I had actually been hoping that I wouldn't really have much reason to blog about this sad story. A little girl in Titusville, Fla., about an hour from Orlando, had been riding her bike home from a friend's house when a pit bull tied out in a yard broke whatever was restraining it and attacked her. She suffered broken bones and will be scarred for life. It's a complete tragedy and a travesty, and there's no excuse for it. Should never have happened. Period.
Some people are now inclined to want to take aim not at the people who own dogs that bite people but at a breed of dog. In Florida, municipalities are not permitted to pass breed-specific ordinances because state law prohibits it. There have been debates on Facebook about this recently, and today the Orlando Sentinel has posted an editorial talking about how this case is renewing "the need for regulations." How about renewing, instead, the need to ENFORCE regulations that are on the books that would help communities keep tabs on dangerous dogs, in general, pit bull or not?
The Sentinel quotes stats from dogsbite.org, an organization that was founded with the sole purpose of skewing public perception against pit bulls. Among other things, dogsbite.org insists that breed-specific legislation is the best way to keep people safe from dangerous dogs, partially because enforcing laws already on the books, or making them stronger, isn't effective. They say those laws already on the books are punitive and retroactive, not proactive – in other words, they claim, they only punish people after the fact, rather than before a bite occurs.
Not so, if those laws are designed to target and punish irresponsible ownership practices and are enforced effectively. If laws are effective, they aren't just reactive – they should also serve as deterrents. If people were concerned that they could get into trouble for not being responsible about the dogs they own, perhaps they'd think before being careless, irresponsible or otherwise clueless in the first place.
In reading the story out of Titusville, you might initially think this is a freak accident that could have happened to anyone at all who owns a pit bull dog – that this is a pit bull thing and not an owner-made-bad-decisions thing. But just reading a bit between the lines, I can see red flags in this case, and I can see at least one way that the law could have intervened before this dog ever got the opportunity to hurt this little girl. If we had more detail, would there be more? Quite possibly, but this is what we do know right now:
- This dog was not current in its rabies vaccinations, even though the law states that owners must keep dogs current on rabies. So there's a violation right there, a red flag for irresponsible ownership and an opportunity for a law enforcement to intervene in this dog's care before this dog's irresponsible owners allow something like this to happen. Why don't people receive penalties and fines for failing to keep this vaccine current? Why do we wait until after a dog has bitten someone to take action to sanctio the owner? Since rabies poses a serious public health threat, why are people who refuse to keep their animals current on vaccinations not handled more seriously? Should they even be permitted to keep dogs, considering the fact that rabies vaccines are generally cheap, easy to obtain at vaccine clinics (sometimes for free) and probably the bare minimum in medical care you should be providing for your dog?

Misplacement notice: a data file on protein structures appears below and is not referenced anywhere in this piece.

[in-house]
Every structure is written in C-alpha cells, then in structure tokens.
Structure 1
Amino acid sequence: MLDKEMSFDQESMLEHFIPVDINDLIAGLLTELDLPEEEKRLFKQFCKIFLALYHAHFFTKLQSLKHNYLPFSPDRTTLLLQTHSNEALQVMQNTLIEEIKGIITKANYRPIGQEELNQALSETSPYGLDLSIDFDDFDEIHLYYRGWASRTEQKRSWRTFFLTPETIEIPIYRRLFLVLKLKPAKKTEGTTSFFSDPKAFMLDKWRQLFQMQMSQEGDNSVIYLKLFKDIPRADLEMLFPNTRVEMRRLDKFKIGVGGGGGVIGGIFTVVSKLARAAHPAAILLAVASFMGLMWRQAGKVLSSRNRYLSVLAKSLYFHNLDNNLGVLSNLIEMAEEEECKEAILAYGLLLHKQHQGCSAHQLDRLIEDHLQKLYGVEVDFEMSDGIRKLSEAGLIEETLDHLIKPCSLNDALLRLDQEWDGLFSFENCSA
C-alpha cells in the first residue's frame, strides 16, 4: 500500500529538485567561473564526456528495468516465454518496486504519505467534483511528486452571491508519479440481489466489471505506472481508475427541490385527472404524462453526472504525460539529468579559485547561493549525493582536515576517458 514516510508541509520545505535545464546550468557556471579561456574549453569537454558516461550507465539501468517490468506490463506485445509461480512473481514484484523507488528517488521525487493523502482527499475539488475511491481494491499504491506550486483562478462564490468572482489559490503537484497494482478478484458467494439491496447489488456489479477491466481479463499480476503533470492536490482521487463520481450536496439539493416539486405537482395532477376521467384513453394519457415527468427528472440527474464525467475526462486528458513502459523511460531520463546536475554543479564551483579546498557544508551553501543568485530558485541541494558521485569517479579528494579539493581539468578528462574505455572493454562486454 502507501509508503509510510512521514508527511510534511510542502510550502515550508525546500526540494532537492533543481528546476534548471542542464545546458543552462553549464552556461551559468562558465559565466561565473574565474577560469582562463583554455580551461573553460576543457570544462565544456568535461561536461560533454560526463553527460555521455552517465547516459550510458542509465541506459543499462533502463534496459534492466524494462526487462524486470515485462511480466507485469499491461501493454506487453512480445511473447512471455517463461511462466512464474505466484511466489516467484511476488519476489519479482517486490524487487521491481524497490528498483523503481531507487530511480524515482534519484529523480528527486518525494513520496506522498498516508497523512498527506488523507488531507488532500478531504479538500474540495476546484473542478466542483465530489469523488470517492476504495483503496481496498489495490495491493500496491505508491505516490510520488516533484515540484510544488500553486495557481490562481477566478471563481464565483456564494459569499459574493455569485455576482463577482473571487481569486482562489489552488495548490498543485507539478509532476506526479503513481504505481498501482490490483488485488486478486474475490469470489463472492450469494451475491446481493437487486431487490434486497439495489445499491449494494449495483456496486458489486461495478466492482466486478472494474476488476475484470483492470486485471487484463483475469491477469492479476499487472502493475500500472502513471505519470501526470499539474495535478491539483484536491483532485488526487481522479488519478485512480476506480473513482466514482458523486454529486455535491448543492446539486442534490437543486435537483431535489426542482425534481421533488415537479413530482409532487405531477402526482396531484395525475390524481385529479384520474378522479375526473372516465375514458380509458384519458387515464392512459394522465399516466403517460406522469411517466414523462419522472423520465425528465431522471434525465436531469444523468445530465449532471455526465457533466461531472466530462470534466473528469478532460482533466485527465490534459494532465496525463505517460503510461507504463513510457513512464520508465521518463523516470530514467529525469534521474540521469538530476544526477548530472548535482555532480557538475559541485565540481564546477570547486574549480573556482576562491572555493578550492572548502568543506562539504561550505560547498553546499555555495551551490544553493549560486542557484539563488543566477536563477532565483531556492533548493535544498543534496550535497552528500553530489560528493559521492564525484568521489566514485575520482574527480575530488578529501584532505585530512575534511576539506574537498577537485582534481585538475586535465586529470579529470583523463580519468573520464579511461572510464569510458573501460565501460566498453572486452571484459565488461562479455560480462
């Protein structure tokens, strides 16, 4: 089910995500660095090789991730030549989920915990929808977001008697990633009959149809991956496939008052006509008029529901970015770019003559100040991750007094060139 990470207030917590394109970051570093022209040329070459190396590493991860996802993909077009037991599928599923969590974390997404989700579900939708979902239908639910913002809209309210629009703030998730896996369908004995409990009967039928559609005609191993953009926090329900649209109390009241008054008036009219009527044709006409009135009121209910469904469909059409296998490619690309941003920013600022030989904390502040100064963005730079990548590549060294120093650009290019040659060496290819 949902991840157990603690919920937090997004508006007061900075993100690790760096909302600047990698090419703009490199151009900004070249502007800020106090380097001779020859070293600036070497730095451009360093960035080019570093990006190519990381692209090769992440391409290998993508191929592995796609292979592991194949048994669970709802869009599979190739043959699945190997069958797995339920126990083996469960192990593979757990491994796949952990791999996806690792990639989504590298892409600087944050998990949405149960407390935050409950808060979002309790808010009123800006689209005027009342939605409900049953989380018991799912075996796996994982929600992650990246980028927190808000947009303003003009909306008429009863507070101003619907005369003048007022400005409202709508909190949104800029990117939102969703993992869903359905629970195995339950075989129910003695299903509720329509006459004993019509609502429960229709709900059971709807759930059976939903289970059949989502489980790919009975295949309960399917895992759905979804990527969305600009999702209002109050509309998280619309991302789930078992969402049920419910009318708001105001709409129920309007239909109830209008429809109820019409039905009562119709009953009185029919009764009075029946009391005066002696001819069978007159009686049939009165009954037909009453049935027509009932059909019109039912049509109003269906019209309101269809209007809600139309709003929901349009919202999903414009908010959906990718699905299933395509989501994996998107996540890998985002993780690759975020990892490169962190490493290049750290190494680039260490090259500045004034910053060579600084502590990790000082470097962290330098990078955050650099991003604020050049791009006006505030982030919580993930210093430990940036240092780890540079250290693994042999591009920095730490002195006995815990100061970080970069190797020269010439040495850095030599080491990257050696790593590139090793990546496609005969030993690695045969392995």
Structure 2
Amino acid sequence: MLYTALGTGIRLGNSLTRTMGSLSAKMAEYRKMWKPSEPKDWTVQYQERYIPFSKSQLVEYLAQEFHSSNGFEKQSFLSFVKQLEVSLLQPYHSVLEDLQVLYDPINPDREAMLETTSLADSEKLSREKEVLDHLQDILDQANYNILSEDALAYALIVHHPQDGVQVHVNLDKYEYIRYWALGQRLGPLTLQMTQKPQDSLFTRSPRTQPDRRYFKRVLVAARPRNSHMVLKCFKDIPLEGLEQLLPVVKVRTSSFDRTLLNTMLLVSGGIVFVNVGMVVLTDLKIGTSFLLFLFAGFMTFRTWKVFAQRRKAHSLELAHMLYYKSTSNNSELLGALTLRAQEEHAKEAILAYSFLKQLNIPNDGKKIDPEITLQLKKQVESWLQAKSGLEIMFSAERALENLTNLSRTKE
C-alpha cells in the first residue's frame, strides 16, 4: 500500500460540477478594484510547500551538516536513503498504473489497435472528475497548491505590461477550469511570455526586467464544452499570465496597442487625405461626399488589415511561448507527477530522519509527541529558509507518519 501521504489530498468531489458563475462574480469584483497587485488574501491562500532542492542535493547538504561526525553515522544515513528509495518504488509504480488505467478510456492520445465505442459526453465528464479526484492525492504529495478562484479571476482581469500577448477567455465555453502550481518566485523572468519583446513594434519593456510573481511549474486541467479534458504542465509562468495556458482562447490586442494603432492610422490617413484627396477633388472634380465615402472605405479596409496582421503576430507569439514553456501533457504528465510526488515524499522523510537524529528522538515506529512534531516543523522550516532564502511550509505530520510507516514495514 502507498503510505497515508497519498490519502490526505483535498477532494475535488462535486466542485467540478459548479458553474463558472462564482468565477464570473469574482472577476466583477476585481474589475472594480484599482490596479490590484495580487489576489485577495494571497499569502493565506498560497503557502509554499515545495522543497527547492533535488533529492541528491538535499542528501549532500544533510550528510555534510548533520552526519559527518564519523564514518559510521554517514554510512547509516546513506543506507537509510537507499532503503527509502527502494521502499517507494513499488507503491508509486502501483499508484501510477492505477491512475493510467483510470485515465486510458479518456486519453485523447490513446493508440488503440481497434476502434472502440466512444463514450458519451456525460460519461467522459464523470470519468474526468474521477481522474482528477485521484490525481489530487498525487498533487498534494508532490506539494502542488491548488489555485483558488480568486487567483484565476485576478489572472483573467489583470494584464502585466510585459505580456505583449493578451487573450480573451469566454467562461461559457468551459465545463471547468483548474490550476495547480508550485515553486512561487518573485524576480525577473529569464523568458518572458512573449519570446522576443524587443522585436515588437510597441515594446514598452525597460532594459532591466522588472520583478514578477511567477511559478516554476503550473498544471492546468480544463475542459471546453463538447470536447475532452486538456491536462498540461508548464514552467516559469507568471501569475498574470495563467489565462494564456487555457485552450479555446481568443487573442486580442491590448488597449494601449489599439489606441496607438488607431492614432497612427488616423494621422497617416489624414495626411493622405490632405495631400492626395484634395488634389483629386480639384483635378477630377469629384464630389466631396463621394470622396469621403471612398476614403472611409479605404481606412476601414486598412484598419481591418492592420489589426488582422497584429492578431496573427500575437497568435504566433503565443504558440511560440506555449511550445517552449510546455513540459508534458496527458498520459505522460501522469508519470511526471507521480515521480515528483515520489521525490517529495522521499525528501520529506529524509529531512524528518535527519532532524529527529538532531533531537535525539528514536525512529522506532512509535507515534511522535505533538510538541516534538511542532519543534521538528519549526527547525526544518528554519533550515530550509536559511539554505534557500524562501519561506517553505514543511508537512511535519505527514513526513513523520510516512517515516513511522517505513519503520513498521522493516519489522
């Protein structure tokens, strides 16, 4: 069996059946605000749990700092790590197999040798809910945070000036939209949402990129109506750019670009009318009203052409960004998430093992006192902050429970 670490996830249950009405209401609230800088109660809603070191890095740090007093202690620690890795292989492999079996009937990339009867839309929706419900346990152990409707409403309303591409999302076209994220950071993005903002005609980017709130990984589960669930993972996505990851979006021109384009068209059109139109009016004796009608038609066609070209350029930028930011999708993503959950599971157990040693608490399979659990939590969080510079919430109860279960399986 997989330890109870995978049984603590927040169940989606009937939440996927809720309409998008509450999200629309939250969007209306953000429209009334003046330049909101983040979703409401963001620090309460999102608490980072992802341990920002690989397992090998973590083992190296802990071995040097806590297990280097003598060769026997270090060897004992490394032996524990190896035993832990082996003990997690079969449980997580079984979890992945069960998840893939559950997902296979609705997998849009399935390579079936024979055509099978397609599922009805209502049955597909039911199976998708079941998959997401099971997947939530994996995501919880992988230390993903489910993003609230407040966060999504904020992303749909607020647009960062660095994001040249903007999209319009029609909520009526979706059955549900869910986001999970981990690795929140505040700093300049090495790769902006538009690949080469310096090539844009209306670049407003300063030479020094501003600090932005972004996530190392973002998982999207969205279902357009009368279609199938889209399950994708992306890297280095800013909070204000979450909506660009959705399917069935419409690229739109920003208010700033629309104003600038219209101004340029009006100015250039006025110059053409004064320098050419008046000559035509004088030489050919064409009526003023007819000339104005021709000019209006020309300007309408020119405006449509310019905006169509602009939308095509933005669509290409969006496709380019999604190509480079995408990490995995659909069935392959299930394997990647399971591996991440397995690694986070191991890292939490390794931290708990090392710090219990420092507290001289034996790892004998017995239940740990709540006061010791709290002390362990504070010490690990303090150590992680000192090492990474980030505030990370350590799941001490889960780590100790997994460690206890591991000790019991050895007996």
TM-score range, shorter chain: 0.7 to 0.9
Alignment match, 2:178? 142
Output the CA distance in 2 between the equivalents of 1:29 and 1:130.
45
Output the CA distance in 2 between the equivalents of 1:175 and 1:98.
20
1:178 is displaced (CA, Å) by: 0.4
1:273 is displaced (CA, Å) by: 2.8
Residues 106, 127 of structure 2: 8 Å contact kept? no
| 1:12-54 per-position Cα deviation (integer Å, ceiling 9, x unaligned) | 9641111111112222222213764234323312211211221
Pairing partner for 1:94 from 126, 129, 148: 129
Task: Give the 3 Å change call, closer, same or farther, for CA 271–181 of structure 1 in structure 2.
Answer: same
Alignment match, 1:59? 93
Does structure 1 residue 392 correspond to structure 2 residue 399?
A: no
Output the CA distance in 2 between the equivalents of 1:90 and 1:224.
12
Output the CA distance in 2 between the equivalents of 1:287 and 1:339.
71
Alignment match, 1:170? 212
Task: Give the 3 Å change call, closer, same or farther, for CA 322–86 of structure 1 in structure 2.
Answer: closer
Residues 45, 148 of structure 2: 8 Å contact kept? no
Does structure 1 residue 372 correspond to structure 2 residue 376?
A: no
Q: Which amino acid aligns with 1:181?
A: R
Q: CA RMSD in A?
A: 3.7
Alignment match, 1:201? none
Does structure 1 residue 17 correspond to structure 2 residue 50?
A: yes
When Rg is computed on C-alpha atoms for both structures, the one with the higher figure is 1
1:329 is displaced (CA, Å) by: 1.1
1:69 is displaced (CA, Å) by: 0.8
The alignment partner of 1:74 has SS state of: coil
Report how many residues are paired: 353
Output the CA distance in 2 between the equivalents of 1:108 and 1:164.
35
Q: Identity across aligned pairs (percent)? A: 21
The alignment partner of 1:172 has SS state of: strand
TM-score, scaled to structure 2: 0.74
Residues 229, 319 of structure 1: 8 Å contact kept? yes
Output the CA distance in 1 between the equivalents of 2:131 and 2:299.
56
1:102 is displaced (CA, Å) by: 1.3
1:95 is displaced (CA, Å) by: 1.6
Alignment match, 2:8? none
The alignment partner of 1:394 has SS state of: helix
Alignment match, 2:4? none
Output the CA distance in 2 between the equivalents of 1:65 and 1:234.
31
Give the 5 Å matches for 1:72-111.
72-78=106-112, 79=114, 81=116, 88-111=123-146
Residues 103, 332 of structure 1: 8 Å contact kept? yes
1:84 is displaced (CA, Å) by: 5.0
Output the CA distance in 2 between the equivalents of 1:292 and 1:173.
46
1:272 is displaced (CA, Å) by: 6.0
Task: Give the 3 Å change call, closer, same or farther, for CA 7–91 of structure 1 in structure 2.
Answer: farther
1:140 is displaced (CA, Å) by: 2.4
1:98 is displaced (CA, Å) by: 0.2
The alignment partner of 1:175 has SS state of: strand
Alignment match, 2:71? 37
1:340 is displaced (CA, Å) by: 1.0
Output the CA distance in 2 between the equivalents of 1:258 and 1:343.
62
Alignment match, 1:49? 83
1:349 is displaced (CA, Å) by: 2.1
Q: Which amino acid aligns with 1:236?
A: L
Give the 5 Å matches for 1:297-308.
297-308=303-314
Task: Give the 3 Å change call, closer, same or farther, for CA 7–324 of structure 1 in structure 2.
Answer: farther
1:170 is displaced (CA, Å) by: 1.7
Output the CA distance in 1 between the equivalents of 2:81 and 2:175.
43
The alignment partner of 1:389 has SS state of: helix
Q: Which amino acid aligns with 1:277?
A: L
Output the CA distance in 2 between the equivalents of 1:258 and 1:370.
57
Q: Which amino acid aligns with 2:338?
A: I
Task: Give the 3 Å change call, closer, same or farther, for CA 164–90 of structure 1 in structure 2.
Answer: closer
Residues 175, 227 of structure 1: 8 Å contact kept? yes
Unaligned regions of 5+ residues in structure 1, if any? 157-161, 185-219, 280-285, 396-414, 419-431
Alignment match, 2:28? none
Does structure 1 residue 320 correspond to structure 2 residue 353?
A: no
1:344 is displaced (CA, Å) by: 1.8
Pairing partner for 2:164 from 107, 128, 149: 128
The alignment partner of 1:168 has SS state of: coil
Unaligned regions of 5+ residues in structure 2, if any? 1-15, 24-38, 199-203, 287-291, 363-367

- This dog was tied out on some kind of tether, apparently unattended, in a front yard. Why on earth would you ever tie a dog out on a front-yard tether in a residential neighborhood by itself? Horrible, horrible idea. If you're going to confine your dog outdoors, do it in a way that's safe for both the public AND the dog. A place where kids and other animals can't wander in to bother the dog and the dog isn't going to get frustrated and pent up trying to get at things it sees moving around, just beyond its reach.
- Dog is not a resident of the house where the attack occurred. Apparently, it belonged to the homeowner's boyfriend. So not only is a dog chained out front of a residential home with no protection from the world, no person to monitor its interactions with the environment and no barrier to make sure it can't access people or other animals moving around it, it's also not in a familiar, home environment. It's tied up outside somebody else's house, while its owner is ... where, exactly? I can only guess inside, since the news reports say that the girl's friend had to come running out of the house to pull the dog off the child who was attacked.
So we have a person who owns a dog who is not obeying the law (rabies vaccinations) and is also not using common sense/precaution in handling his dog (tied up outside, unattended, strange environment). Could this accident have been prevented? I say yes and not by banning a breed of dog.
I think if the emphasis were on better enforcement of current laws, as well as some enhancement of laws regarding taking responsibility for the actions of one's animals, the law could also have deterred the person who owned this dog from making such a tragically foolish and ultimately irresponsible decision. And a little girl in Titusville would not have had to endure this nightmare.
Make laws that make sense, make laws that discourage irresponsible behavior that results in these kinds of incidents. And enforce those damn laws or they're pretty much worthless.
If you ban the pit bulls in Titusville or anywhere else in Florida, you're not protecting the public from dangerous dogs – when it's an unvaccinated, aggressive mastiff or malamute or mongrel tied to a tree outside by itself that attacks someone, those laws won't help. And I don't think it makes the victims of attacks by any of those breeds of dog feel any better to know that the pit bulls are banned but the irresponsible owners of other breeds can carry on and do as they please.